The indictment upon which the defendant was tried in the United States District Court for the District of New Hampshire charged him with four distinct violations of the Internal Revenue Code (26 U.S.C., s. 7206(1), (supra) ) in each of four years from 1960 to 1963 inclusive. In each instance the offense charged was that the defendant "wilfully and knowingly" made, subscribed, and verified an income tax return which he "did not believe to be true and correct as to every material matter." On his plea of not guilty, he was tried by jury and acquitted of the two offenses charged for the years 1960 and 1961, but convicted of those charged for 1962 and 1963. The specific offense charged for 1962 was an understatement of dividends received, upon which the tax would have been an additional $379.64; and for 1963 an understatement of dividends, interest and long-term capital gains and the claiming of a long-term capital loss, all of which operated to reduce the tax by $481.55. See Silverstein v. United States, 377 F. 2d 269, (supra) , 270, n.4. The last mentioned loss was held by the Court of Appeals to have been properly taken in the return filed for 1962. 377 F. 2d 269, (supra) , 270, n. 3.

The defendant was sentenced to pay a total fine of $4,000 and to serve concurrent sentences of four months imprisonment, which were reduced to three months following decision by the Court of Appeals. He has paid the fines and served the sentences.

The defendant became a member of this Bar in 1946. The Judicial Referee found: "This was the defendant's first offense and did not involve any attorney-client relationship, nor was any evidence introduced at the hearing before the Judicial Referee of any other charges of misconduct against the defendant." The Referee pointed out certain mitigating circumstances, and recommended that this court take appropriate disciplinary action in the interest of maintaining public confidence in the Bar of this state. See Ford's Case, 102 N.H. 24, 26.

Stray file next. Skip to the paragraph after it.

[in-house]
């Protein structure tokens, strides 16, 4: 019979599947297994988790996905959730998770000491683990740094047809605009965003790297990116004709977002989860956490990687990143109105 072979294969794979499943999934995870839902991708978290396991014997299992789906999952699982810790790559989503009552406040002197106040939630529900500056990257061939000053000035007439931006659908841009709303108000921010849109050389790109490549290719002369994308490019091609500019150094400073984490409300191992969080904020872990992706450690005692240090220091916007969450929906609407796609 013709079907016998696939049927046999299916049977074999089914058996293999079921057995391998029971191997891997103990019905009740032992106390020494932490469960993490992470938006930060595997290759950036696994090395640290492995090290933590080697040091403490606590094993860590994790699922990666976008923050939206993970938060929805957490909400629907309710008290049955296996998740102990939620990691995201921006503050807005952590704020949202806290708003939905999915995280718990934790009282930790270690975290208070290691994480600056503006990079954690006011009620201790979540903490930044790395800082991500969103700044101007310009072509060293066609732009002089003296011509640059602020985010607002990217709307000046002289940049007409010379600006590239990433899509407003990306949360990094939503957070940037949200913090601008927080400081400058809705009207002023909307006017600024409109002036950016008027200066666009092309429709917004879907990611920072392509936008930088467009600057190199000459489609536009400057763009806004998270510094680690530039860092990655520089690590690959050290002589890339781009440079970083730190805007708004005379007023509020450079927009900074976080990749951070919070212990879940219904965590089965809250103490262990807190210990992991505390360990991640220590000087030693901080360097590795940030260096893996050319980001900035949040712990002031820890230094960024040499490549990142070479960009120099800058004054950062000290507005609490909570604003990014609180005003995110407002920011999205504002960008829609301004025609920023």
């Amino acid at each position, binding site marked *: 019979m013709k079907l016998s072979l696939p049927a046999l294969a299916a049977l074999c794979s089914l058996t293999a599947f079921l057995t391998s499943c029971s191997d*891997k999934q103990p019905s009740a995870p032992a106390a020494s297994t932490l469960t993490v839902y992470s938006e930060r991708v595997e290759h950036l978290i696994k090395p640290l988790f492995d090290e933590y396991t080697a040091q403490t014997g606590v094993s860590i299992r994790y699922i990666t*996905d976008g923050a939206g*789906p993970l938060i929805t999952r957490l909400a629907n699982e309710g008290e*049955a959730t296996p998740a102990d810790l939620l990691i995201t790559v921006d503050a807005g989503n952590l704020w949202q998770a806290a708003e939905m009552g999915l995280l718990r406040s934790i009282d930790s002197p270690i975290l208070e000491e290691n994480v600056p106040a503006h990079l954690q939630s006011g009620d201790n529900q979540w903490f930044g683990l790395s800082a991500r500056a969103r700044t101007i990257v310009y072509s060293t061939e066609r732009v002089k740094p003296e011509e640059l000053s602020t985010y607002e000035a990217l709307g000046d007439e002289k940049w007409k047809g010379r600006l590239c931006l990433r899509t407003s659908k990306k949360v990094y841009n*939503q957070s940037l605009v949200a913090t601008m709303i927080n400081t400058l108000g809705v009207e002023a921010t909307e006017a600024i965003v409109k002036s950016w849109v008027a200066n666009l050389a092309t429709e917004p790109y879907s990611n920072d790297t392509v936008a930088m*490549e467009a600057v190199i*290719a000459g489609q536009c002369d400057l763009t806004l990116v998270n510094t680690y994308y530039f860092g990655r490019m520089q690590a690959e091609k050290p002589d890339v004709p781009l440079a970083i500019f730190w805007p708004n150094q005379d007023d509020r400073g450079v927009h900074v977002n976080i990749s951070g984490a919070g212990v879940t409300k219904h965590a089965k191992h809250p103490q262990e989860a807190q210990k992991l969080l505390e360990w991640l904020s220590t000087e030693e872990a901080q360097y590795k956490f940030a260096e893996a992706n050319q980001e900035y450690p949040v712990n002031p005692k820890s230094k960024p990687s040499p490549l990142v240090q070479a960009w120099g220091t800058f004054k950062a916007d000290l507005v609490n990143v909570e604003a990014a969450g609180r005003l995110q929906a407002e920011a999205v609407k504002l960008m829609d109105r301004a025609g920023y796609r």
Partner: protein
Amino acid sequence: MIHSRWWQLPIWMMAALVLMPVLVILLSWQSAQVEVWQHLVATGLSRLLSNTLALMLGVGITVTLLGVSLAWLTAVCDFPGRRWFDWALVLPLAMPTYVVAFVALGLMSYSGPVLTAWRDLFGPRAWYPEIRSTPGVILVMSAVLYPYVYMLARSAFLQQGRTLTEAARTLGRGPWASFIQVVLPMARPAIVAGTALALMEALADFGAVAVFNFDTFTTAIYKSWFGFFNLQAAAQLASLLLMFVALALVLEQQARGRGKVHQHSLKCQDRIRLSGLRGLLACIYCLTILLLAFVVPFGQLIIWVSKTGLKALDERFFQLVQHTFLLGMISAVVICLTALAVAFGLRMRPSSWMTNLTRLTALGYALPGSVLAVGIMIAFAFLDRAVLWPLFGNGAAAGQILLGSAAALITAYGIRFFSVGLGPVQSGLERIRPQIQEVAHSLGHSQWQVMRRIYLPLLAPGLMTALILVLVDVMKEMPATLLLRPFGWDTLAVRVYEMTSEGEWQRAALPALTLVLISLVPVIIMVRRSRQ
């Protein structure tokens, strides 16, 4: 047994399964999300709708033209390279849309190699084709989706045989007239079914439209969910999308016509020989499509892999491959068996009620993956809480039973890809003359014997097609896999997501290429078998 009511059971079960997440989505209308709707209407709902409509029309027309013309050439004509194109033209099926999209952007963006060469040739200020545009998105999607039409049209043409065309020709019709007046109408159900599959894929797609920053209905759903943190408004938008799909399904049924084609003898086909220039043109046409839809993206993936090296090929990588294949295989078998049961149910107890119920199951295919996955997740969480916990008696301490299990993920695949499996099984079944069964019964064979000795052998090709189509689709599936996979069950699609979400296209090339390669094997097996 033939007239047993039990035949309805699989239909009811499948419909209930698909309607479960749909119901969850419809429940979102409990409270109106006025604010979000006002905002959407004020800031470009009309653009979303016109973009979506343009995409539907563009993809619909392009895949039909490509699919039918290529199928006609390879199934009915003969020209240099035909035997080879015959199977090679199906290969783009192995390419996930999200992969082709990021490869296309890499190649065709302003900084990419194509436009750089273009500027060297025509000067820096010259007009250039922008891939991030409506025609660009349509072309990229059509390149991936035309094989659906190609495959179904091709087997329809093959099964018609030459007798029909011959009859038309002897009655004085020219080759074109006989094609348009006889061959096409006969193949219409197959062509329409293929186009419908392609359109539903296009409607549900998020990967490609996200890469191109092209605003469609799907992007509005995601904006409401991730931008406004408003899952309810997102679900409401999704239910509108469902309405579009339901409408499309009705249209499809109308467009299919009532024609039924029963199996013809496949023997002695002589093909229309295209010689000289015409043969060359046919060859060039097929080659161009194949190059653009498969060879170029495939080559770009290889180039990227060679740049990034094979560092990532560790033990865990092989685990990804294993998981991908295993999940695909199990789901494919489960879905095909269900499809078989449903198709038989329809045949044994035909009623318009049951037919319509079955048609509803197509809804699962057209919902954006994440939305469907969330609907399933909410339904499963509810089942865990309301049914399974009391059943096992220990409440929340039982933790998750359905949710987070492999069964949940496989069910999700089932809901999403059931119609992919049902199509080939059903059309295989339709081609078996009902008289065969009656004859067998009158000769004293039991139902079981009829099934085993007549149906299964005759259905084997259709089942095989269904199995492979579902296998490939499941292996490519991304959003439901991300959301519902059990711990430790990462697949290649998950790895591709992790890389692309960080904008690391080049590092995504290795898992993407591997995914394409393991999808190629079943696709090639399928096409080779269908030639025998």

As earlier opinions of this court have made plain, disciplinary action is not taken "as a mode of inflicting a punishment for an offense." Ricker's Petition, 66 N.H. 207, 212. For his violations of the law the defendant has paid the penalty which that law provides. However an attorney is an officer of the court whose oath binds him to do no falsehood. RSA 311:6. See Welanko's Case, 99 N.H. 413; Moore's Case, 76 N.H. 227. The defendant's conduct was not of the high order which the public has the right to demand from members of the legal profession. As occasion arises, appropriate disciplinary measures may be taken for the protection of the public, as well as for the maintenance of public confidence in the bar as a whole. Ford's Case, 102 N.H. 24, (supra) , 25.

In this, as in any case, the nature and extent of disciplinary action to be taken must depend upon the circumstances of the case and the nature of the misconduct. Ford's Case, supra; Broderick's Case, 104 N.H. 175. After full consideration of the record, it is ordered that Jerome L. Silverstein be suspended from the practice of law for a period of three months, effective January 1, 1968 and continuing until April 1, 1968.